Drug Bust Reversed After Prosecutors Fail to Produce Search Warrant
In 2009, Amos Ingram's north St. Louis home was raided by police, who seized crack, heroin, drug paraphernalia and an illegal gun. During his arrest, Ingram said that, sure, the dope was his, but it was for his own consumption, not to be sold to others. He also said the gun belonged to a friend. Nevertheless, he was tried and convicted for drug trafficking, among other crimes, and sentenced to fifteen years in prison. Busted!
Well...maybe not. Because of prosecutorial missteps, Ingram might see freedom sooner rather than later, according to three Missouri appellate judges, who released a ruling yesterday reversing a trial court decision that led to Ingram's conviction. Prosecutors will now have to decide whether to retry the case using new evidence.
Yesterday, Missouri's Eastern District Court of Appeals ruled that prosecutors failed to prove that the St. Louis Metropolitan Police Department had probable cause to raid Ingram's house. Prosecutors also erred by failing to call for a hearing to establish whether Ingram's confession to owning the drugs was voluntary, the judges wrote.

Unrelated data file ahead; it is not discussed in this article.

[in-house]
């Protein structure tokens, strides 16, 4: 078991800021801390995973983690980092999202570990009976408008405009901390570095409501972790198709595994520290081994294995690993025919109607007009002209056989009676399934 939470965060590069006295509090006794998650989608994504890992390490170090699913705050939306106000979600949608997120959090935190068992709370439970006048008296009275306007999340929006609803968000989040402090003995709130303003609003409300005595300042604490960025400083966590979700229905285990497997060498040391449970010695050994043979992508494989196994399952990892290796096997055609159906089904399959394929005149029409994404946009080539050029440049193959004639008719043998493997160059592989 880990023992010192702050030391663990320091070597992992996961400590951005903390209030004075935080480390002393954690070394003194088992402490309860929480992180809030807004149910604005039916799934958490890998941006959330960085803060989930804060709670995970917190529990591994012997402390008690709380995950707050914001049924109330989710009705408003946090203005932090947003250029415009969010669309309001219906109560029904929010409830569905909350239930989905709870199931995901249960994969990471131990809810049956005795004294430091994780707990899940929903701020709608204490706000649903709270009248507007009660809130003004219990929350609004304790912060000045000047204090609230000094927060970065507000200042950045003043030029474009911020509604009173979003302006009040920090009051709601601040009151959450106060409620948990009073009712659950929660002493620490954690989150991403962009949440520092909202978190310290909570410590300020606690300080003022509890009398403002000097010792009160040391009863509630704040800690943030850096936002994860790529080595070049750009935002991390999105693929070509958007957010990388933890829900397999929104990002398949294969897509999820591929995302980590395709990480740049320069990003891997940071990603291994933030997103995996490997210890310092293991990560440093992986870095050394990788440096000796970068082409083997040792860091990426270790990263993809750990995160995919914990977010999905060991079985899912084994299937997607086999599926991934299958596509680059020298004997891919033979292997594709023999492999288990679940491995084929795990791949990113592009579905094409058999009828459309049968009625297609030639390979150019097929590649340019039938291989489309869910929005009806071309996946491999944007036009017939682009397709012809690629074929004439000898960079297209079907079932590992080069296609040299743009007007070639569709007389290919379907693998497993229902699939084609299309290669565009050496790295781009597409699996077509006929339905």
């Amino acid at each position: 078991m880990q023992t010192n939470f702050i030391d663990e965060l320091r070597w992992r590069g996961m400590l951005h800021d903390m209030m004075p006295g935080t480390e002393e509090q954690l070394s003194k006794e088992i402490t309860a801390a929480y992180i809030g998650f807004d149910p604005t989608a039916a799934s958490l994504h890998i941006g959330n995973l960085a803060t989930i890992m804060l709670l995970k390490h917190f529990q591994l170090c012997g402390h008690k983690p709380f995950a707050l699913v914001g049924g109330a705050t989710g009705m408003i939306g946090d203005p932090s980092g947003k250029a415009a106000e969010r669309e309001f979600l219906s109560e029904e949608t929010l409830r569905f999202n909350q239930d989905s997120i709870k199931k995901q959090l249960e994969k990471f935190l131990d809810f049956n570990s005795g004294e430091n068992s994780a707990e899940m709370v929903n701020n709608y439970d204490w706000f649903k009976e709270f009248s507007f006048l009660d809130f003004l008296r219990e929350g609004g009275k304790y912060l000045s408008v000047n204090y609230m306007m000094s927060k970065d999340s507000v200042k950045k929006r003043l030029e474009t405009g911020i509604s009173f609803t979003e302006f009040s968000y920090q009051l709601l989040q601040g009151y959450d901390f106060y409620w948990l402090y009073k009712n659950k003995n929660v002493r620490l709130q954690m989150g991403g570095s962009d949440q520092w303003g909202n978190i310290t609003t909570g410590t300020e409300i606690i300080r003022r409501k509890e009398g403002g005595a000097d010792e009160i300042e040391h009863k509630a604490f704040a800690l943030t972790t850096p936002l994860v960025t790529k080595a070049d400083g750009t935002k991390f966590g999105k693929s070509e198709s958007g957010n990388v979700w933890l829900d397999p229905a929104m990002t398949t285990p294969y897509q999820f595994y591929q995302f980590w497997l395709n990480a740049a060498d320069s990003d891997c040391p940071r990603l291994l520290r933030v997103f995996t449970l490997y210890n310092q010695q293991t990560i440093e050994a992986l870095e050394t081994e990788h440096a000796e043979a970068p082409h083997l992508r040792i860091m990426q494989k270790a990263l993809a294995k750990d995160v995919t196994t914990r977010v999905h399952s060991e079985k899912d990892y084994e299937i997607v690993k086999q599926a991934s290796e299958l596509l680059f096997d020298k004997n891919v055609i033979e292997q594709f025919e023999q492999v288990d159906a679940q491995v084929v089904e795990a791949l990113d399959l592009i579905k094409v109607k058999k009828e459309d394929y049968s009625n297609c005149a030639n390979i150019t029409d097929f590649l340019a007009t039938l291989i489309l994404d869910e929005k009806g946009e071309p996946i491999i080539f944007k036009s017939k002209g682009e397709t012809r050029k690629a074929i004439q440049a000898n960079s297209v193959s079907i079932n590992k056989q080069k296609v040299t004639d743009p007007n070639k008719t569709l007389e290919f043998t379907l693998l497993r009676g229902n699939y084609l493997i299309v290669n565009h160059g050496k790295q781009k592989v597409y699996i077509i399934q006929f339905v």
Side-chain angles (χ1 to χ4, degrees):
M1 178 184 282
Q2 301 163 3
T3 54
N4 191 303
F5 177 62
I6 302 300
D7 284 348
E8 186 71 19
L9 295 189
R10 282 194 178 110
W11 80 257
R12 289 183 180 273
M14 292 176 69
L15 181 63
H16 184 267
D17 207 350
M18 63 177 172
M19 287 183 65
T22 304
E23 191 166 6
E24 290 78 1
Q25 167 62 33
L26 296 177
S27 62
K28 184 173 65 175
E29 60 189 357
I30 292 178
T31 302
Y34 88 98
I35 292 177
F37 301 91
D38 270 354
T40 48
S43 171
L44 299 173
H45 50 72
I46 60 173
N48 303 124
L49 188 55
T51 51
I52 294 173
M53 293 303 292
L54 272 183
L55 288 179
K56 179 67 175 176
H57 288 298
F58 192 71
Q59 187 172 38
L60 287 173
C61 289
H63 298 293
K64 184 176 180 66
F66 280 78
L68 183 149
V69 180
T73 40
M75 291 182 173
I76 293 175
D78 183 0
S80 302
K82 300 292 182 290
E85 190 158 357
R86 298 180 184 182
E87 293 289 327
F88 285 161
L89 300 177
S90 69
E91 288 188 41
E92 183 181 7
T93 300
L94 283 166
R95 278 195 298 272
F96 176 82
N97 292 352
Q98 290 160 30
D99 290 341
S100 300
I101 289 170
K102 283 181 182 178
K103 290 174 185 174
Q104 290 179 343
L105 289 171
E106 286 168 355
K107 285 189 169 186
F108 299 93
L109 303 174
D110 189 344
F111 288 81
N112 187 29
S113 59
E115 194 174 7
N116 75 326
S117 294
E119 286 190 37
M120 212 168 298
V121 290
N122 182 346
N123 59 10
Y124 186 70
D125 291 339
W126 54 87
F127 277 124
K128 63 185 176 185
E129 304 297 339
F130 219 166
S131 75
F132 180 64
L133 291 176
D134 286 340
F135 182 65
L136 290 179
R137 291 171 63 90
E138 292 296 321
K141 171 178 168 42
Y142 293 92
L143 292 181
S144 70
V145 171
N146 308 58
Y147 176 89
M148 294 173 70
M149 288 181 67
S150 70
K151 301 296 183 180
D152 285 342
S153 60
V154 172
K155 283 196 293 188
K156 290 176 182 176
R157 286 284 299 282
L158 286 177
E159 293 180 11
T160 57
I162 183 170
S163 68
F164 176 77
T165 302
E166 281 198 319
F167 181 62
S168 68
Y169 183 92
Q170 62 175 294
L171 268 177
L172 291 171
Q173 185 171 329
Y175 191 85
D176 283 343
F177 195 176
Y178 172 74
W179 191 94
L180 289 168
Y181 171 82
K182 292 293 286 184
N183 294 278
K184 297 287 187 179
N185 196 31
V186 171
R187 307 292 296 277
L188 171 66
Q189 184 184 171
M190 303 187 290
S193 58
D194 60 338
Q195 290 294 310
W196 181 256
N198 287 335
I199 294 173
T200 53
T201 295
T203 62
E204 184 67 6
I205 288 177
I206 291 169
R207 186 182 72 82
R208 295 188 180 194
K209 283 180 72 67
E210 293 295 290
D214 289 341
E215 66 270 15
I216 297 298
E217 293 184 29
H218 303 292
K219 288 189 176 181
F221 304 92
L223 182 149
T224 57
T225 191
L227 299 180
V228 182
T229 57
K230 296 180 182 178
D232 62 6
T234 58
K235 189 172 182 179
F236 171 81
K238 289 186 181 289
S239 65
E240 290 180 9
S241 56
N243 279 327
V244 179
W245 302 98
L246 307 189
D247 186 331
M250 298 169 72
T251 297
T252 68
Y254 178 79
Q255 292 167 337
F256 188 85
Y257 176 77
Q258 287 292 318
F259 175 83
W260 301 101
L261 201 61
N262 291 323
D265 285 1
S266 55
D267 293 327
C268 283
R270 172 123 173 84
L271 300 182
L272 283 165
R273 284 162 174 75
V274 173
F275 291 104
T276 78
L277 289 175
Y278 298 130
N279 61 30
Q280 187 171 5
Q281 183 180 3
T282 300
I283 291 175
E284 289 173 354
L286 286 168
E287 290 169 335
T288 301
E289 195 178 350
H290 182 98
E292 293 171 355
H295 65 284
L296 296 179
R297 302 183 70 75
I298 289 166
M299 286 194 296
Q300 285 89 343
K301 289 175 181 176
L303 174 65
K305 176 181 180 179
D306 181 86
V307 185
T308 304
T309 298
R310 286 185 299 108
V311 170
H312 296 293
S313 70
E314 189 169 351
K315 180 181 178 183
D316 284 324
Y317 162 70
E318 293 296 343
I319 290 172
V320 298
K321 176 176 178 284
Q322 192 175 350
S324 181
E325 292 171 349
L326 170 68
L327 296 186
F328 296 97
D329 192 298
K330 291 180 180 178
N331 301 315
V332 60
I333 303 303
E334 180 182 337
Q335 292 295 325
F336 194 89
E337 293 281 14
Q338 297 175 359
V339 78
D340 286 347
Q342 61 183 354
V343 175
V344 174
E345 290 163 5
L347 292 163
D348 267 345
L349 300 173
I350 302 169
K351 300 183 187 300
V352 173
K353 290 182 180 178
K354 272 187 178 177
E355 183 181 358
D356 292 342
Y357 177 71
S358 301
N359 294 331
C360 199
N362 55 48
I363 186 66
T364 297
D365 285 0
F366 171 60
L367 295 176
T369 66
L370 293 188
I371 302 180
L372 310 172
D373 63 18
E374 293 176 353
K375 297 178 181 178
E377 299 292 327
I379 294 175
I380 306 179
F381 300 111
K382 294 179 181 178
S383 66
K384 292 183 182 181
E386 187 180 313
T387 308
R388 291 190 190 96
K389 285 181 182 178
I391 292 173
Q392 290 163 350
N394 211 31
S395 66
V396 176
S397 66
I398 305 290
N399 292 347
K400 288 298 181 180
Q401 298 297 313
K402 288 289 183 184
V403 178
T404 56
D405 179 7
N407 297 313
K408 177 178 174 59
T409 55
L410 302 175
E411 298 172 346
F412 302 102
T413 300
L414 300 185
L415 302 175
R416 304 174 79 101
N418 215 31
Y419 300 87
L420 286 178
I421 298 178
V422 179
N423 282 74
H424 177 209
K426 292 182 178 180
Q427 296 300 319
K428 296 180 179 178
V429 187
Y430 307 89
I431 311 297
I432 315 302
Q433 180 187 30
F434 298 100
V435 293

During the original trial, police Detective Robert Singh testified that, after conducting surveillance on Ingram's home and observing drug dealing goin' down, he obtained a search warrant following formal protocol: presenting an affidavit to the circuit attorney's office, then presenting it to a judge.
But the State failed to produce with the detective's search warrant, or affidavit, or even Singh's application for the warrant. So when the crack, heroin and gun that was seized from Ingram's house was presented before the jury as evidence, Ingram's attorney objected on the grounds that, without a physical warrant to point to, there wasn't any proof that the seizure was legit. That objection was overruled, which paved the way for Ingram's conviction -- until yesterday's reversal.
In addition, no effort was made by prosecutors to arrange a pre-trial hearing to determine whether Ingram made his confession voluntarily about owning the drugs. Apparently that's also a no-no, and it factored into the appeal court's decision.
The case will be remanded to the trial court, where the State has the option to retry it. But unless someone suddenly comes up with the warrant, or other evidence, it's possible that Ingram might be a free man very soon.